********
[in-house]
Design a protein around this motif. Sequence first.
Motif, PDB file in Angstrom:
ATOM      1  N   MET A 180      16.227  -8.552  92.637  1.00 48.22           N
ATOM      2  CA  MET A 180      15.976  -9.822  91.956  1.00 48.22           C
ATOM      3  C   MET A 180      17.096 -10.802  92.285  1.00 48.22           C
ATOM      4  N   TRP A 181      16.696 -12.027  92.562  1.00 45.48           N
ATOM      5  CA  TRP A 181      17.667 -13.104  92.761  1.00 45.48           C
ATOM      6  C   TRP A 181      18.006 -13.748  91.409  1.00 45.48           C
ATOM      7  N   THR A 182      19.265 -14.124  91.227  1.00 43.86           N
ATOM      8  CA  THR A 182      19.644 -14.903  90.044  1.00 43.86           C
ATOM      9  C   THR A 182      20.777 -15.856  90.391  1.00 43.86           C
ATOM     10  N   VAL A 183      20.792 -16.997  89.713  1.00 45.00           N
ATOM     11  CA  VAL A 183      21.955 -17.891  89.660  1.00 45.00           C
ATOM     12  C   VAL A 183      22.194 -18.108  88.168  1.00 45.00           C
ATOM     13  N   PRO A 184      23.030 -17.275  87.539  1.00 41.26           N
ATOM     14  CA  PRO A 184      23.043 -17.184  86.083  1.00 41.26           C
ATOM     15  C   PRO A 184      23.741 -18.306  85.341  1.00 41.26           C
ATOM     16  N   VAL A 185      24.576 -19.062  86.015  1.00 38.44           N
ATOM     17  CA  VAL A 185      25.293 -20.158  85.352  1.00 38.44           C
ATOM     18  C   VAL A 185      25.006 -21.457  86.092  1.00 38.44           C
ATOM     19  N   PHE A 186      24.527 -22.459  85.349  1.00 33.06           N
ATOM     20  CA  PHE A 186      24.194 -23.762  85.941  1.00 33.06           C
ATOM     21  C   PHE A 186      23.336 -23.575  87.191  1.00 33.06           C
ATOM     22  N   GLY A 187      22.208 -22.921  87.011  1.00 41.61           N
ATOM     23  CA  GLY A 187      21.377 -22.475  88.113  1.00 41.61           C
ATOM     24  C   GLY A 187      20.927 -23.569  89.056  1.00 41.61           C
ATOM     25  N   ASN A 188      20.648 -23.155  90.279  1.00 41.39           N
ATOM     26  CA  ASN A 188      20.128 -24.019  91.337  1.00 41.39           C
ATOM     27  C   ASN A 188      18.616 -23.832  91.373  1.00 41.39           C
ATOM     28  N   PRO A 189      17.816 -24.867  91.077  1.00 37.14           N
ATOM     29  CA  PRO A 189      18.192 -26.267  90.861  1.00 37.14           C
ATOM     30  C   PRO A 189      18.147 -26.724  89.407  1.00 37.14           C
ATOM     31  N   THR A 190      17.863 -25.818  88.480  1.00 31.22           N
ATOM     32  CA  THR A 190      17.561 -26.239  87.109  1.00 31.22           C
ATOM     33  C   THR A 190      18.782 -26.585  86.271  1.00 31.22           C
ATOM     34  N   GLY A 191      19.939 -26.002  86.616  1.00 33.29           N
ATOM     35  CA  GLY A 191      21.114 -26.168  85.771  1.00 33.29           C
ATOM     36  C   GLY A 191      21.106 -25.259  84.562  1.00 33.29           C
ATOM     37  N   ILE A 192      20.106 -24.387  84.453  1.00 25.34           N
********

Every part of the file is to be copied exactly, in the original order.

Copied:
[in-house]
Design a protein around this motif. Sequence first.
Motif, PDB file in Angstrom:
ATOM      1  N   MET A 180      16.227  -8.552  92.637  1.00 48.22           N
ATOM      2  CA  MET A 180      15.976  -9.822  91.956  1.00 48.22           C
ATOM      3  C   MET A 180      17.096 -10.802  92.285  1.00 48.22           C
ATOM      4  N   TRP A 181      16.696 -12.027  92.562  1.00 45.48           N
ATOM      5  CA  TRP A 181      17.667 -13.104  92.761  1.00 45.48           C
ATOM      6  C   TRP A 181      18.006 -13.748  91.409  1.00 45.48           C
ATOM      7  N   THR A 182      19.265 -14.124  91.227  1.00 43.86           N
ATOM      8  CA  THR A 182      19.644 -14.903  90.044  1.00 43.86           C
ATOM      9  C   THR A 182      20.777 -15.856  90.391  1.00 43.86           C
ATOM     10  N   VAL A 183      20.792 -16.997  89.713  1.00 45.00           N
ATOM     11  CA  VAL A 183      21.955 -17.891  89.660  1.00 45.00           C
ATOM     12  C   VAL A 183      22.194 -18.108  88.168  1.00 45.00           C
ATOM     13  N   PRO A 184      23.030 -17.275  87.539  1.00 41.26           N
ATOM     14  CA  PRO A 184      23.043 -17.184  86.083  1.00 41.26           C
ATOM     15  C   PRO A 184      23.741 -18.306  85.341  1.00 41.26           C
ATOM     16  N   VAL A 185      24.576 -19.062  86.015  1.00 38.44           N
ATOM     17  CA  VAL A 185      25.293 -20.158  85.352  1.00 38.44           C
ATOM     18  C   VAL A 185      25.006 -21.457  86.092  1.00 38.44           C
ATOM     19  N   PHE A 186      24.527 -22.459  85.349  1.00 33.06           N
ATOM     20  CA  PHE A 186      24.194 -23.762  85.941  1.00 33.06           C
ATOM     21  C   PHE A 186      23.336 -23.575  87.191  1.00 33.06           C
ATOM     22  N   GLY A 187      22.208 -22.921  87.011  1.00 41.61           N
ATOM     23  CA  GLY A 187      21.377 -22.475  88.113  1.00 41.61           C
ATOM     24  C   GLY A 187      20.927 -23.569  89.056  1.00 41.61           C
ATOM     25  N   ASN A 188      20.648 -23.155  90.279  1.00 41.39           N
ATOM     26  CA  ASN A 188      20.128 -24.019  91.337  1.00 41.39           C
ATOM     27  C   ASN A 188      18.616 -23.832  91.373  1.00 41.39           C
ATOM     28  N   PRO A 189      17.816 -24.867  91.077  1.00 37.14           N
ATOM     29  CA  PRO A 189      18.192 -26.267  90.861  1.00 37.14           C
ATOM     30  C   PRO A 189      18.147 -26.724  89.407  1.00 37.14           C
ATOM     31  N   THR A 190      17.863 -25.818  88.480  1.00 31.22           N
ATOM     32  CA  THR A 190      17.561 -26.239  87.109  1.00 31.22           C
ATOM     33  C   THR A 190      18.782 -26.585  86.271  1.00 31.22           C
ATOM     34  N   GLY A 191      19.939 -26.002  86.616  1.00 33.29           N
ATOM     35  CA  GLY A 191      21.114 -26.168  85.771  1.00 33.29           C
ATOM     36  C   GLY A 191      21.106 -25.259  84.562  1.00 33.29           C
ATOM     37  N   ILE A 192      20.106 -24.387  84.453  1.00 25.34           N